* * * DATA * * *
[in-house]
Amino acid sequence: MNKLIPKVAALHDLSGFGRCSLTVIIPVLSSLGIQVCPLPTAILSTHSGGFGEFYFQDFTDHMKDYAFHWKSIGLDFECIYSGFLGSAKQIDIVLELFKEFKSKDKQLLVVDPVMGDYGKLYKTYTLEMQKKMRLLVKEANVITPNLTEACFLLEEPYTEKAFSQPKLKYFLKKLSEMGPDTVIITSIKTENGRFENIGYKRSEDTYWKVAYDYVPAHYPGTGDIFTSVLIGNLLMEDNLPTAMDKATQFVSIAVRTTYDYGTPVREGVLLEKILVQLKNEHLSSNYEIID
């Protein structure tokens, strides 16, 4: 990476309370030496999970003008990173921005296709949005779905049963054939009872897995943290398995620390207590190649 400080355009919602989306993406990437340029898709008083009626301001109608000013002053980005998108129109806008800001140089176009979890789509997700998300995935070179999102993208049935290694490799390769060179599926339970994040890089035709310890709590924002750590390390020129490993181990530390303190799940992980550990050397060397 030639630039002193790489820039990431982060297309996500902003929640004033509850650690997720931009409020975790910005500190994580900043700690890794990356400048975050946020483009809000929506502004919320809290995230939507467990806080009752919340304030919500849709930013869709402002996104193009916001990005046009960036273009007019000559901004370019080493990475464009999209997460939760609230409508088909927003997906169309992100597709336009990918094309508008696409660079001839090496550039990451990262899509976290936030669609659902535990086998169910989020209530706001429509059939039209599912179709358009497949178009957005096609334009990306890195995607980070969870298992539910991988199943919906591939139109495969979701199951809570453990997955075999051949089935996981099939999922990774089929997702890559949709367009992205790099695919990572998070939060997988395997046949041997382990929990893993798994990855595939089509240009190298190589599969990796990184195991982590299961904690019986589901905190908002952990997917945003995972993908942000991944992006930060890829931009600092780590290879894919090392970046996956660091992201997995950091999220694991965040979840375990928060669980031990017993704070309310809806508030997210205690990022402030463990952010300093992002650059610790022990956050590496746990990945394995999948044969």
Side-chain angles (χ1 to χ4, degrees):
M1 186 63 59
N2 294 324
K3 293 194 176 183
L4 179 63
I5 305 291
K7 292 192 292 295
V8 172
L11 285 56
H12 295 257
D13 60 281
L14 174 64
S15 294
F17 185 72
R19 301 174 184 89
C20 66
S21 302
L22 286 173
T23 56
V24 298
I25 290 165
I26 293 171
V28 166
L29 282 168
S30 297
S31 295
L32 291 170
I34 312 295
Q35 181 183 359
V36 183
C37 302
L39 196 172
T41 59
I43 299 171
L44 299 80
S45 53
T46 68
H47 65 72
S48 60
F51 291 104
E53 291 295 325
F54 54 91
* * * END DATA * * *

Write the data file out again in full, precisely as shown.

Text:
[in-house]
Amino acid sequence: MNKLIPKVAALHDLSGFGRCSLTVIIPVLSSLGIQVCPLPTAILSTHSGGFGEFYFQDFTDHMKDYAFHWKSIGLDFECIYSGFLGSAKQIDIVLELFKEFKSKDKQLLVVDPVMGDYGKLYKTYTLEMQKKMRLLVKEANVITPNLTEACFLLEEPYTEKAFSQPKLKYFLKKLSEMGPDTVIITSIKTENGRFENIGYKRSEDTYWKVAYDYVPAHYPGTGDIFTSVLIGNLLMEDNLPTAMDKATQFVSIAVRTTYDYGTPVREGVLLEKILVQLKNEHLSSNYEIID
């Protein structure tokens, strides 16, 4: 990476309370030496999970003008990173921005296709949005779905049963054939009872897995943290398995620390207590190649 400080355009919602989306993406990437340029898709008083009626301001109608000013002053980005998108129109806008800001140089176009979890789509997700998300995935070179999102993208049935290694490799390769060179599926339970994040890089035709310890709590924002750590390390020129490993181990530390303190799940992980550990050397060397 030639630039002193790489820039990431982060297309996500902003929640004033509850650690997720931009409020975790910005500190994580900043700690890794990356400048975050946020483009809000929506502004919320809290995230939507467990806080009752919340304030919500849709930013869709402002996104193009916001990005046009960036273009007019000559901004370019080493990475464009999209997460939760609230409508088909927003997906169309992100597709336009990918094309508008696409660079001839090496550039990451990262899509976290936030669609659902535990086998169910989020209530706001429509059939039209599912179709358009497949178009957005096609334009990306890195995607980070969870298992539910991988199943919906591939139109495969979701199951809570453990997955075999051949089935996981099939999922990774089929997702890559949709367009992205790099695919990572998070939060997988395997046949041997382990929990893993798994990855595939089509240009190298190589599969990796990184195991982590299961904690019986589901905190908002952990997917945003995972993908942000991944992006930060890829931009600092780590290879894919090392970046996956660091992201997995950091999220694991965040979840375990928060669980031990017993704070309310809806508030997210205690990022402030463990952010300093992002650059610790022990956050590496746990990945394995999948044969």
Side-chain angles (χ1 to χ4, degrees):
M1 186 63 59
N2 294 324
K3 293 194 176 183
L4 179 63
I5 305 291
K7 292 192 292 295
V8 172
L11 285 56
H12 295 257
D13 60 281
L14 174 64
S15 294
F17 185 72
R19 301 174 184 89
C20 66
S21 302
L22 286 173
T23 56
V24 298
I25 290 165
I26 293 171
V28 166
L29 282 168
S30 297
S31 295
L32 291 170
I34 312 295
Q35 181 183 359
V36 183
C37 302
L39 196 172
T41 59
I43 299 171
L44 299 80
S45 53
T46 68
H47 65 72
S48 60
F51 291 104
E53 291 295 325
F54 54 91